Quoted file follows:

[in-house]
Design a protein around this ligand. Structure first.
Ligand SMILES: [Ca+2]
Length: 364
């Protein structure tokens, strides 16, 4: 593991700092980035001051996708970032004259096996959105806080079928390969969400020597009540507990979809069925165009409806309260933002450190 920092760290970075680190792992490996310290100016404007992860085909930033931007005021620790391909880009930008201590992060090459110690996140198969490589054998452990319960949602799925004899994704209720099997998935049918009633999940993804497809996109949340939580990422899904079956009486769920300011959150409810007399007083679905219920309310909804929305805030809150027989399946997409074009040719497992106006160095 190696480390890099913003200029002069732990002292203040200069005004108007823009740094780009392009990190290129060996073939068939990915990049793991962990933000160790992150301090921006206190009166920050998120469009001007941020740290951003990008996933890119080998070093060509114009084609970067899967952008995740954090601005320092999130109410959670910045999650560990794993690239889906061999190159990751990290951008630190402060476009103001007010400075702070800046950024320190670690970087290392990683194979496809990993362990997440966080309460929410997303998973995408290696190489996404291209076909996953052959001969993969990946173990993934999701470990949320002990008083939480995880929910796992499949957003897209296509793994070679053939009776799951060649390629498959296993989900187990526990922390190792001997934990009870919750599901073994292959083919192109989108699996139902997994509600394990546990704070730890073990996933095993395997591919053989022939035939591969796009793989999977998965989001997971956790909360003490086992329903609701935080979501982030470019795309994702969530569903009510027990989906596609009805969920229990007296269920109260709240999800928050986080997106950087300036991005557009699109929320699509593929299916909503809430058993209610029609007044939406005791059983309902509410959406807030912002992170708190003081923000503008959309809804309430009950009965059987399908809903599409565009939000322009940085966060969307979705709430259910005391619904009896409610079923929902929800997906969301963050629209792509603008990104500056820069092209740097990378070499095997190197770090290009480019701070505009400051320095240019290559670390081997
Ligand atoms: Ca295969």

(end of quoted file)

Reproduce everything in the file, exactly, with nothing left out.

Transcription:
[in-house]
Design a protein around this ligand. Structure first.
Ligand SMILES: [Ca+2]
Length: 364
């Protein structure tokens, strides 16, 4: 593991700092980035001051996708970032004259096996959105806080079928390969969400020597009540507990979809069925165009409806309260933002450190 920092760290970075680190792992490996310290100016404007992860085909930033931007005021620790391909880009930008201590992060090459110690996140198969490589054998452990319960949602799925004899994704209720099997998935049918009633999940993804497809996109949340939580990422899904079956009486769920300011959150409810007399007083679905219920309310909804929305805030809150027989399946997409074009040719497992106006160095 190696480390890099913003200029002069732990002292203040200069005004108007823009740094780009392009990190290129060996073939068939990915990049793991962990933000160790992150301090921006206190009166920050998120469009001007941020740290951003990008996933890119080998070093060509114009084609970067899967952008995740954090601005320092999130109410959670910045999650560990794993690239889906061999190159990751990290951008630190402060476009103001007010400075702070800046950024320190670690970087290392990683194979496809990993362990997440966080309460929410997303998973995408290696190489996404291209076909996953052959001969993969990946173990993934999701470990949320002990008083939480995880929910796992499949957003897209296509793994070679053939009776799951060649390629498959296993989900187990526990922390190792001997934990009870919750599901073994292959083919192109989108699996139902997994509600394990546990704070730890073990996933095993395997591919053989022939035939591969796009793989999977998965989001997971956790909360003490086992329903609701935080979501982030470019795309994702969530569903009510027990989906596609009805969920229990007296269920109260709240999800928050986080997106950087300036991005557009699109929320699509593929299916909503809430058993209610029609007044939406005791059983309902509410959406807030912002992170708190003081923000503008959309809804309430009950009965059987399908809903599409565009939000322009940085966060969307979705709430259910005391619904009896409610079923929902929800997906969301963050629209792509603008990104500056820069092209740097990378070499095997190197770090290009480019701070505009400051320095240019290559670390081997
Ligand atoms: Ca295969």